By this time, Capote’s relationship with Jack Dunphy was becoming strained. Dunphy wanted Capote to stop drinking and taking drugs, which—despite numerous trips to rehabilitation centers over the years—Capote seemed unable to do. While no longer physically intimate, the two remained close, spending time together at their neighboring homes in Sagaponack, Long Island. Capote also had other relationships with younger men, which did little to improve his emotional and psychological state.

Published in 1980, Capote’s last major work, Music for Chameleons, was a collection of non-fiction and fictional pieces, including the novella Handcarved Coffins. The collection did well, but Capote was clearly in decline, battling his addictions and physical health problems.

In the final year of his life, Capote had two bad falls, another failed stint in rehab, and a stay in a Long Island hospital for an overdose. Traveling to California, Capote went to stay with old friend Joanne Carson, the ex-wife of Johnny Carson. He died at her Los Angeles home on August 25, 1984.

Happy Birthday Diana Vreeland

Today is the 111th birthday of Diana Vreeland.  She was and continues to be the arbiter of style, even after her death 20+ years ago. Do yourself a favor and read “D.V.”:  her autobiography/manual of style/name-drop-a-thon book masquerading as a roller coaster ride through the early parts of the 20th century. It will seriously change your life. Watch “The Eye Has To Travel,” her documentary.  You will start to look at style as something you own, not something you follow and conform to.  She will teach you that the sexiest most attractive thing one can have and wear is confidence.   I absolutely adore her for the permission she gives people to be fashionable, be original, beautiful, without being ordinary or expected.  Wear some pearls today, wear your shirt back to front, do something original today.  Do it for yourself with a wink to Ms. Vreeland.

 

NAME: Diane Dalziel Vreeland
OCCUPATION: Journalist
BIRTH DATE: September 29, 1903
DEATH DATE: August 22, 1989
PLACE OF BIRTH: Paris, France

BEST KNOWN FOR: As a fashion journaist, Diana Vreeland was an influential figure in American fashion during the 20th century.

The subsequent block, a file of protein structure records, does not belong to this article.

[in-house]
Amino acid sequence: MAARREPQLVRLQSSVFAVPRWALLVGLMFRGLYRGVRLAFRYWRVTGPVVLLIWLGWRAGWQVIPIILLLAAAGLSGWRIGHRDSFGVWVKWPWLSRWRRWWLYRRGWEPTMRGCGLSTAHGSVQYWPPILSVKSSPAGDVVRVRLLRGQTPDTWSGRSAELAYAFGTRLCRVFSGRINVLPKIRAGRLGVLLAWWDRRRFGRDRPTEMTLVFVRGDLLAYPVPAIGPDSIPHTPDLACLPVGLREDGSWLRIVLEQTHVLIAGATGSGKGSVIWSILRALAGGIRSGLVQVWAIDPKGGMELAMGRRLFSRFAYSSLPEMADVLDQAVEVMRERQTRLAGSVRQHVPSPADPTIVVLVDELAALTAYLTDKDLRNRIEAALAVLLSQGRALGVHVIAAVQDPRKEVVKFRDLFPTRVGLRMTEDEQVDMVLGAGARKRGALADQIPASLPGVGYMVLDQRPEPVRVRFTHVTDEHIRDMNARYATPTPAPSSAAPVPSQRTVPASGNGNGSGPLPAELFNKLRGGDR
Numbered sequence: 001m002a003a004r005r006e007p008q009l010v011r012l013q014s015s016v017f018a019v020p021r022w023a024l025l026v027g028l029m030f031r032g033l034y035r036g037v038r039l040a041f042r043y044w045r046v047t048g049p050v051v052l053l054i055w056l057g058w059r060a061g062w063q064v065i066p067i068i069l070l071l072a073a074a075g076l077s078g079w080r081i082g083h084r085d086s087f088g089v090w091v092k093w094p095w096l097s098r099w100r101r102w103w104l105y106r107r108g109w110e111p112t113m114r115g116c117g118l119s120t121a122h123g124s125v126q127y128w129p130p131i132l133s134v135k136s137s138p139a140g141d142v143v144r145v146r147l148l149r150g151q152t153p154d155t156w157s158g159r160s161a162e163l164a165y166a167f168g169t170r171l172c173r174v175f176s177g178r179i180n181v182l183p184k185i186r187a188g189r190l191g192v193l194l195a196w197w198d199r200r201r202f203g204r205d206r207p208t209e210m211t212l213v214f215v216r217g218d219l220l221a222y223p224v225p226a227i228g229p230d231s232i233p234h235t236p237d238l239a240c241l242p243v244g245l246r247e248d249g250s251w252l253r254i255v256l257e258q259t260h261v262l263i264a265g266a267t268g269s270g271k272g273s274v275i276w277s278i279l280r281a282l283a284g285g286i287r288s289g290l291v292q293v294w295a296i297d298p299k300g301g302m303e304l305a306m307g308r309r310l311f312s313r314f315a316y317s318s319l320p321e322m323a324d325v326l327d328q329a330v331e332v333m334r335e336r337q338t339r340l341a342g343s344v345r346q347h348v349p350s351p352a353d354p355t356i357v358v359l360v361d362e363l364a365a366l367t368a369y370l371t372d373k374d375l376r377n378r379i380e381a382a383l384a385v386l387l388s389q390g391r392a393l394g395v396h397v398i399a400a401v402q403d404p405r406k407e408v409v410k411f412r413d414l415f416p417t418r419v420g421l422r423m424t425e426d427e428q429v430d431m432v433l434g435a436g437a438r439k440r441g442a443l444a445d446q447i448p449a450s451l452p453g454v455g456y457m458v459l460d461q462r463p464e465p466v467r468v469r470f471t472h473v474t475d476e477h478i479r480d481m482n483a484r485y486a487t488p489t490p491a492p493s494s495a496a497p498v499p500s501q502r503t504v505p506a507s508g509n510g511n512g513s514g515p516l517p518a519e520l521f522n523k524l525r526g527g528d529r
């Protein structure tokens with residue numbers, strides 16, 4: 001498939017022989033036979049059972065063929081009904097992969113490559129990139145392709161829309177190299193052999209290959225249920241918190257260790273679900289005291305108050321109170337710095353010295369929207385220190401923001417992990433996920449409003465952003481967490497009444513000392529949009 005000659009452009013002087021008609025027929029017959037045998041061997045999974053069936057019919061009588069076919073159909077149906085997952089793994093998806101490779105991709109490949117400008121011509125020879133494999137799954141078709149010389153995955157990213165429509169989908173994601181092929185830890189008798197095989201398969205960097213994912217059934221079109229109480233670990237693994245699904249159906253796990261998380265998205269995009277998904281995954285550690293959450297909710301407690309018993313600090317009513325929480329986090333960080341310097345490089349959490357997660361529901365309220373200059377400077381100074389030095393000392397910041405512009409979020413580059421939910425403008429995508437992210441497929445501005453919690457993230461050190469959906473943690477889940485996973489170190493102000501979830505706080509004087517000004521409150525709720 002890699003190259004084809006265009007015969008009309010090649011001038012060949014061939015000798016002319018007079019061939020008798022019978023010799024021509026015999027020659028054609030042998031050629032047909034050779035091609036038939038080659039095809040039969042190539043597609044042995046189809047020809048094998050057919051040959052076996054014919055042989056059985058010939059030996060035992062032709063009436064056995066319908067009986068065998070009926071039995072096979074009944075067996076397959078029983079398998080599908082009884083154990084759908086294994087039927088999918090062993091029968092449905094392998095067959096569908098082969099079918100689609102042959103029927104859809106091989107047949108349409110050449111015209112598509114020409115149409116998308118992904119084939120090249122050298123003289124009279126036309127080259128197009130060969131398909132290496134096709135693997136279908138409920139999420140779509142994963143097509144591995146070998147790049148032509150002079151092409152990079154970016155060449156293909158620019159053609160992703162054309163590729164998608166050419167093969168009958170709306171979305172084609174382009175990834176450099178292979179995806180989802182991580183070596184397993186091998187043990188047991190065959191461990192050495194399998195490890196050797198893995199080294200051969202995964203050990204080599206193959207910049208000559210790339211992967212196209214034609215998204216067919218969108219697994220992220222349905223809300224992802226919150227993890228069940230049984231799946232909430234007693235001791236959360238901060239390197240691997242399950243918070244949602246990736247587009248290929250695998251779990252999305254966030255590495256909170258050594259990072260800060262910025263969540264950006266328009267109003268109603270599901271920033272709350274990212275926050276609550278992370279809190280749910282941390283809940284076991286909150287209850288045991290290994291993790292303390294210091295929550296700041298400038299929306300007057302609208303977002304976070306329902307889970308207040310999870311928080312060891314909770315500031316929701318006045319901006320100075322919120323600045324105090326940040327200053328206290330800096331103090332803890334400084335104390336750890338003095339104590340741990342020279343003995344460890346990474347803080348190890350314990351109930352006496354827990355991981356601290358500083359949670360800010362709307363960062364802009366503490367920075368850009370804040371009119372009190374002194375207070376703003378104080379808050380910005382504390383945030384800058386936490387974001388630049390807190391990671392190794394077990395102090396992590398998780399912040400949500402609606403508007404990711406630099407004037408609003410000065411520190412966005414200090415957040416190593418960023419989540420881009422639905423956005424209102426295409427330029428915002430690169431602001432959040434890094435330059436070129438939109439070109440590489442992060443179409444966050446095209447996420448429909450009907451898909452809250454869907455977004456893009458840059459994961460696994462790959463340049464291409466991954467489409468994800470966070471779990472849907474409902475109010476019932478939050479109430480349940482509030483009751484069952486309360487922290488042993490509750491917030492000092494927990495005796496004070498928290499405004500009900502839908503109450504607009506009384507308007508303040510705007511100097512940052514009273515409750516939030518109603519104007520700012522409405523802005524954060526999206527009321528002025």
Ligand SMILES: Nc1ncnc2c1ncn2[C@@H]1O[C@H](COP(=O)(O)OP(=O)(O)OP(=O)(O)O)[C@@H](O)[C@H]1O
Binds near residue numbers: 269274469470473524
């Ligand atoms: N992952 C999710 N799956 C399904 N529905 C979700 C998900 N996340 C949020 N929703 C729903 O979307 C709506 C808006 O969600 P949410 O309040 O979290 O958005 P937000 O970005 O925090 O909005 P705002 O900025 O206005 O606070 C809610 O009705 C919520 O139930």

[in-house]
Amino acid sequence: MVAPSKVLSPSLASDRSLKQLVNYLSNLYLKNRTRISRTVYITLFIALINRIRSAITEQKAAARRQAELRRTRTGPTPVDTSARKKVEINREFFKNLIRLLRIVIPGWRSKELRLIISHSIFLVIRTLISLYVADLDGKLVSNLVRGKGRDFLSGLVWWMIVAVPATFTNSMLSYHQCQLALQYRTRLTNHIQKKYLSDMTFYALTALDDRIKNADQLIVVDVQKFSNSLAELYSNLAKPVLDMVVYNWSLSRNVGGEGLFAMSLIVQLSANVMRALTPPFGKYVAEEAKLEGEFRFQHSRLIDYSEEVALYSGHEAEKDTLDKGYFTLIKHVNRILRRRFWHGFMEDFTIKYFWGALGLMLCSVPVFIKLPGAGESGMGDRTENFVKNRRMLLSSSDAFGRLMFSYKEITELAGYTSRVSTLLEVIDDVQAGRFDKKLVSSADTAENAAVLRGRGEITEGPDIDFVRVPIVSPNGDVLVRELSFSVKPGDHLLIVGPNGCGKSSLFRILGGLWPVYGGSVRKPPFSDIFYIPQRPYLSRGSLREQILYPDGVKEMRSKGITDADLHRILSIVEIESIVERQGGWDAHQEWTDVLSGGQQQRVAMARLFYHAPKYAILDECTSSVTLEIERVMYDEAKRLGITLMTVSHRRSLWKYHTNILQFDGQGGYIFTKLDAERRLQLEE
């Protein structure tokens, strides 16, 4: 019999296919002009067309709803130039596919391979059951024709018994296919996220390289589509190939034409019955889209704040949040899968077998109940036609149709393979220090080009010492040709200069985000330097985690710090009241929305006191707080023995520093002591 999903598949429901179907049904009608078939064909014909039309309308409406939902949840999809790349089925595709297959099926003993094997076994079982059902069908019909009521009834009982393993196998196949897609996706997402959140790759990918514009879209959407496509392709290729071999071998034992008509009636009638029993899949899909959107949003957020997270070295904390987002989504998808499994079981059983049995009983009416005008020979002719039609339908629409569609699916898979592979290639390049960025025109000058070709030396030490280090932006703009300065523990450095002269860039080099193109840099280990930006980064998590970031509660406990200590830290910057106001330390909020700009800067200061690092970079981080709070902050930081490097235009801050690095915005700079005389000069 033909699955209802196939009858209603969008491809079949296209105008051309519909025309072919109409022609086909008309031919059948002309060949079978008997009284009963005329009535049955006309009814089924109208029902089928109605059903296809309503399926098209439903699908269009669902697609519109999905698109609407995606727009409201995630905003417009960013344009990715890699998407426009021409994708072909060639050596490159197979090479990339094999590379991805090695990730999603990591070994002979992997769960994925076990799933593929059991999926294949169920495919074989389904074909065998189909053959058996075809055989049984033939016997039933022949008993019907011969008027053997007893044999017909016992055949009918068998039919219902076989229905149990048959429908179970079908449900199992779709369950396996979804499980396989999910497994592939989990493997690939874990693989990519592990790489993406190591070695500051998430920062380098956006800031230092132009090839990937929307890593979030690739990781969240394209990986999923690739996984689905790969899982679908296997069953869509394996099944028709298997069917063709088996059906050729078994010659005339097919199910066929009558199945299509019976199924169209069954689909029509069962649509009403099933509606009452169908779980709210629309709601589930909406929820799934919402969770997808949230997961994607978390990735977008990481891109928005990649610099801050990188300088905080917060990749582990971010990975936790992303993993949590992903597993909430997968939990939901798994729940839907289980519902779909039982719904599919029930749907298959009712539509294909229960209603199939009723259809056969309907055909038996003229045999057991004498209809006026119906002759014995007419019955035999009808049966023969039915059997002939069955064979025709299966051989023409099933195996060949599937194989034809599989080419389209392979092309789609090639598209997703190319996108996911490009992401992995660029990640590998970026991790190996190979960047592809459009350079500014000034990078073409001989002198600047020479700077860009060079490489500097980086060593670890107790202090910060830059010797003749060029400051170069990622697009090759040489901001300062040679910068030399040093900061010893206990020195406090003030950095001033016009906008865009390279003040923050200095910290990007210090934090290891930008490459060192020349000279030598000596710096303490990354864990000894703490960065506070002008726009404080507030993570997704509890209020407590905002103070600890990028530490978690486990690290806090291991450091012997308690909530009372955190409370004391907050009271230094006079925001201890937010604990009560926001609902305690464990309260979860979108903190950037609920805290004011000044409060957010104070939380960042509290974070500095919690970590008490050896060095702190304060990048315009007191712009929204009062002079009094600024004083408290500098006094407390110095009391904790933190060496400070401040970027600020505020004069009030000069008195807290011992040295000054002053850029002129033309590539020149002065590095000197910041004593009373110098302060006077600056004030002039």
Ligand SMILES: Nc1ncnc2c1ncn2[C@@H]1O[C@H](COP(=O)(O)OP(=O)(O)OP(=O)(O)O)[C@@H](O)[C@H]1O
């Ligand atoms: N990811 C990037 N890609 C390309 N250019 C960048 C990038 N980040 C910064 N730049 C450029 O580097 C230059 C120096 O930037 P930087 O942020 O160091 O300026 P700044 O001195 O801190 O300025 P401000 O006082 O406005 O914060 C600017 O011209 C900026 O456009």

Diana Vreeland began her career at Harper’s Bazaar in 1936. Her column “Why Don’t You…?” was famous for offering outlandish fashion and lifestyle tips for the times. Vreeland later became the magazine’s fashion editor and established herself as one of the country’s leading arbiters of style. In 1962, Vreeland joined the staff of Vogue and continued to be a powerful force in the fashion world.

Fashion journalist. Born Diana Dalziel on March 1, 1924, in Paris, France. Diana Vreeland was an influential figure in American fashion during the twentieth century. The daughter of wealthy parents, she spent her early years in France before moving to New York as a teenager.

Diana Vreeland began her career as a columnist for Harper’s Bazaar in 1936. Her column “Why Don’t You . . . ?” was famous for offering outlandish fashion and lifestyle tips for the times. Few could afford in the Depression follow her advice. Moving up the editorial ladder, Vreeland became the magazine’s fashion editor, a post she held until the early 1960s. At Harper’s Bazaar, she established herself as one of the country’s leading arbiters of style.

In 1962, Diana Vreeland joined the staff of Vogue, another influential fashion magazine, as editor in chief. At Vogue, she continued to be a powerful force in the fashion world, often able to identify the coming trends, such as the popularity of the bikini. Vreeland also worked with many well-known photographers, such as Richard Avedon, in making the magazine.

While she left Vogue in 1971, Diana Vreeland did not leave the fashion world. She worked as a consultant for the Metropolitan Museum of Art, putting together fashion exhibitions. Vreeland died on August 22, 1989. Married to T. Reed Vreeland since 1924, she had two sons, Thomas R., Jr., and Frederick.

Personal Quotes:

“People who eat white bread have no dreams.”

“Blue jeans are the most beautiful things since the gondola.”

“Elegance is innate. It has nothing to do with being well dressed. Elegance is refusal.”

“I always wear my sweater back-to-front; it is so much more flattering.”

“I loathe narcissism, but I approve of vanity.”

“Pink is the navy blue of India.”

Happy Birthday Banksy

Since there is no official birthday for the unknown artist who goes by the name Banksy, I have randomly chosen a day to celebrate it.

NAME: Banksy
OCCUPATION: Artist
BIRTH DATE: c. 1974
PLACE OF BIRTH: Bristol, England, United Kingdom

BEST KNOWN FOR: Banksy is the pseudonym of a “guerrilla” street artist known for his controversial, and often politically themed, stenciled pieces.